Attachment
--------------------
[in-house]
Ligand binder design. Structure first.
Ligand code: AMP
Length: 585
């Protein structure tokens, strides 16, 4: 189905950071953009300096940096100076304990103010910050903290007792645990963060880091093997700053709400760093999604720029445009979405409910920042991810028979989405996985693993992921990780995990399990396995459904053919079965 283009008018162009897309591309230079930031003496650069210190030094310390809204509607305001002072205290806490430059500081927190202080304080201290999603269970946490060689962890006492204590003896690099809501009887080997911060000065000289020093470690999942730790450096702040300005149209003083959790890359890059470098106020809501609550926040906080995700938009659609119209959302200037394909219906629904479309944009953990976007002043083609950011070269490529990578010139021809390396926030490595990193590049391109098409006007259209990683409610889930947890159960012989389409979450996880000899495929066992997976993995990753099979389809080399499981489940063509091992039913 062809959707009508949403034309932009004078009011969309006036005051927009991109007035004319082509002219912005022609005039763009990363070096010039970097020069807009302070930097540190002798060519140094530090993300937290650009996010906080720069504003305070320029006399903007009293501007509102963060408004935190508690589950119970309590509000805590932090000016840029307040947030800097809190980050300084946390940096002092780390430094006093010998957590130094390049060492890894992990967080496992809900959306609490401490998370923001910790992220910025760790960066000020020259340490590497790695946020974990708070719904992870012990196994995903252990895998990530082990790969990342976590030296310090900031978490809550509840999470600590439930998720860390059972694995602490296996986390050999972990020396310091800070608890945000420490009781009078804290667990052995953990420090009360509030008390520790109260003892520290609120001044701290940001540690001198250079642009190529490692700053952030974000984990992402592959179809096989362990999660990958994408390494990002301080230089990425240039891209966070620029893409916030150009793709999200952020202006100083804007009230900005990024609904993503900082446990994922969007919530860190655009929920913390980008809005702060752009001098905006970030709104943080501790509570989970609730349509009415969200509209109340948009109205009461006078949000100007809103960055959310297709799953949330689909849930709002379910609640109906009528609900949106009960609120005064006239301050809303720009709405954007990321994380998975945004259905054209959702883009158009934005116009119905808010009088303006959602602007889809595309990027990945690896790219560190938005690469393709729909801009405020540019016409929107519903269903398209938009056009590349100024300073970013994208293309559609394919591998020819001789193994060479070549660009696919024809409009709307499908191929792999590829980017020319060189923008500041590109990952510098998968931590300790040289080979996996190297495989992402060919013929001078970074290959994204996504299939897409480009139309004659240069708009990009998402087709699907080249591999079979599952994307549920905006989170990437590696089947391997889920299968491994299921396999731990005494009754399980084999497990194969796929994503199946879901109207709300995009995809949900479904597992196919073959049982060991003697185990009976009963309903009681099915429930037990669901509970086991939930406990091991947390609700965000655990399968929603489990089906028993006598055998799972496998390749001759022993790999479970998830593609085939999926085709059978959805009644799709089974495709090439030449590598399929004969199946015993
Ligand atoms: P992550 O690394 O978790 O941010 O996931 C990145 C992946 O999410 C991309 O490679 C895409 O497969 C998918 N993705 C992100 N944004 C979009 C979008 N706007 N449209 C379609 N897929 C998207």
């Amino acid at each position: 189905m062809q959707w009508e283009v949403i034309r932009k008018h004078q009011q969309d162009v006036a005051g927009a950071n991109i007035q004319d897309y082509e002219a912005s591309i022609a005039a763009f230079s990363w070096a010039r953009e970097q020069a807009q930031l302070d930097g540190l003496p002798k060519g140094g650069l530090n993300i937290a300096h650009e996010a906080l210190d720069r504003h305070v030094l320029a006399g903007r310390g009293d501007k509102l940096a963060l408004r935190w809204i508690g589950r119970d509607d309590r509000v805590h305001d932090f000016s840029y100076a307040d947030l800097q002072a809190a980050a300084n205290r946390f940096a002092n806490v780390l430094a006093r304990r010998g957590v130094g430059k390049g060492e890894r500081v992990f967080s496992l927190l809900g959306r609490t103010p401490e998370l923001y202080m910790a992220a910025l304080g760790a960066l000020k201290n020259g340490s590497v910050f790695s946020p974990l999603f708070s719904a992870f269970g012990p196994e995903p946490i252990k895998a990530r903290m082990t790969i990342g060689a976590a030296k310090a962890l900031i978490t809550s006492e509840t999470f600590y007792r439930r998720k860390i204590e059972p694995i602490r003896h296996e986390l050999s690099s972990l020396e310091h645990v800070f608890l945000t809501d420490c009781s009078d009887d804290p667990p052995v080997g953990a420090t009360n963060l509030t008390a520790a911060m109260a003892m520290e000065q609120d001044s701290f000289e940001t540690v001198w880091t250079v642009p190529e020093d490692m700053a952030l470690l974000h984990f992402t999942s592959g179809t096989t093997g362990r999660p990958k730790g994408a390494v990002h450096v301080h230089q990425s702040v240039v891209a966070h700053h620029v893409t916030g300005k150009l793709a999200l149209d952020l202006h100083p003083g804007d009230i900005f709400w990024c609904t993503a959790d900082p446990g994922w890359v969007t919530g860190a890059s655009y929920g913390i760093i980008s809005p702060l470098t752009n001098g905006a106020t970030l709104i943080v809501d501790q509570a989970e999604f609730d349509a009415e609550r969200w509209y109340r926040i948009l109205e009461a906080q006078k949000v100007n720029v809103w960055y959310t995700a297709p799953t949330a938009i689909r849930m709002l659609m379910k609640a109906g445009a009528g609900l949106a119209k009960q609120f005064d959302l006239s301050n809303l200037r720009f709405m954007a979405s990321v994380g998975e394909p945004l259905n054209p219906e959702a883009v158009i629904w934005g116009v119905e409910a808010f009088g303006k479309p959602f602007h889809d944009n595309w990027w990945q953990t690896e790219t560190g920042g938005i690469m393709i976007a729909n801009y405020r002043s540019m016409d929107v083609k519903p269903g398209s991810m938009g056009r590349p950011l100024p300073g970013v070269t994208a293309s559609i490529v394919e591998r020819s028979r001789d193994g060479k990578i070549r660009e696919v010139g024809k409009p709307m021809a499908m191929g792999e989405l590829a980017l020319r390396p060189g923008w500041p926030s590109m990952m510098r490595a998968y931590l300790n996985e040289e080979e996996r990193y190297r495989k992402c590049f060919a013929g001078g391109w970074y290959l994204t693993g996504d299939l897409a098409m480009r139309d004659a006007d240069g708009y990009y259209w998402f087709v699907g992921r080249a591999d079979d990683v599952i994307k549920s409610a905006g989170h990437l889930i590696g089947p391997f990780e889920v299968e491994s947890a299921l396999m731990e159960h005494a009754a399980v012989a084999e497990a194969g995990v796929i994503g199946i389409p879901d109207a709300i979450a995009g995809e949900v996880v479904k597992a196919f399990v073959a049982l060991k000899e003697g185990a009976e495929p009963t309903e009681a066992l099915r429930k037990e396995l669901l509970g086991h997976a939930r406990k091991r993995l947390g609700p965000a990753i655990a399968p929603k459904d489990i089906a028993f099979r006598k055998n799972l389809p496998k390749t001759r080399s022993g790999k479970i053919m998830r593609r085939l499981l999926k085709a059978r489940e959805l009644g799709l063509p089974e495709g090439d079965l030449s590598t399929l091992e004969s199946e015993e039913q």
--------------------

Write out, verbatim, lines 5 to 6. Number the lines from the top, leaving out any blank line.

């Protein structure tokens, strides 16, 4: 189905950071953009300096940096100076304990103010910050903290007792645990963060880091093997700053709400760093999604720029445009979405409910920042991810028979989405996985693993992921990780995990399990396995459904053919079965 283009008018162009897309591309230079930031003496650069210190030094310390809204509607305001002072205290806490430059500081927190202080304080201290999603269970946490060689962890006492204590003896690099809501009887080997911060000065000289020093470690999942730790450096702040300005149209003083959790890359890059470098106020809501609550926040906080995700938009659609119209959302200037394909219906629904479309944009953990976007002043083609950011070269490529990578010139021809390396926030490595990193590049391109098409006007259209990683409610889930947890159960012989389409979450996880000899495929066992997976993995990753099979389809080399499981489940063509091992039913 062809959707009508949403034309932009004078009011969309006036005051927009991109007035004319082509002219912005022609005039763009990363070096010039970097020069807009302070930097540190002798060519140094530090993300937290650009996010906080720069504003305070320029006399903007009293501007509102963060408004935190508690589950119970309590509000805590932090000016840029307040947030800097809190980050300084946390940096002092780390430094006093010998957590130094390049060492890894992990967080496992809900959306609490401490998370923001910790992220910025760790960066000020020259340490590497790695946020974990708070719904992870012990196994995903252990895998990530082990790969990342976590030296310090900031978490809550509840999470600590439930998720860390059972694995602490296996986390050999972990020396310091800070608890945000420490009781009078804290667990052995953990420090009360509030008390520790109260003892520290609120001044701290940001540690001198250079642009190529490692700053952030974000984990992402592959179809096989362990999660990958994408390494990002301080230089990425240039891209966070620029893409916030150009793709999200952020202006100083804007009230900005990024609904993503900082446990994922969007919530860190655009929920913390980008809005702060752009001098905006970030709104943080501790509570989970609730349509009415969200509209109340948009109205009461006078949000100007809103960055959310297709799953949330689909849930709002379910609640109906009528609900949106009960609120005064006239301050809303720009709405954007990321994380998975945004259905054209959702883009158009934005116009119905808010009088303006959602602007889809595309990027990945690896790219560190938005690469393709729909801009405020540019016409929107519903269903398209938009056009590349100024300073970013994208293309559609394919591998020819001789193994060479070549660009696919024809409009709307499908191929792999590829980017020319060189923008500041590109990952510098998968931590300790040289080979996996190297495989992402060919013929001078970074290959994204996504299939897409480009139309004659240069708009990009998402087709699907080249591999079979599952994307549920905006989170990437590696089947391997889920299968491994299921396999731990005494009754399980084999497990194969796929994503199946879901109207709300995009995809949900479904597992196919073959049982060991003697185990009976009963309903009681099915429930037990669901509970086991939930406990091991947390609700965000655990399968929603489990089906028993006598055998799972496998390749001759022993790999479970998830593609085939999926085709059978959805009644799709089974495709090439030449590598399929004969199946015993
Ligand atoms: P992550 O690394 O978790 O941010 O996931 C990145 C992946 O999410 C991309 O490679 C895409 O497969 C998918 N993705 C992100 N944004 C979009 C979008 N706007 N449209 C379609 N897929 C998207």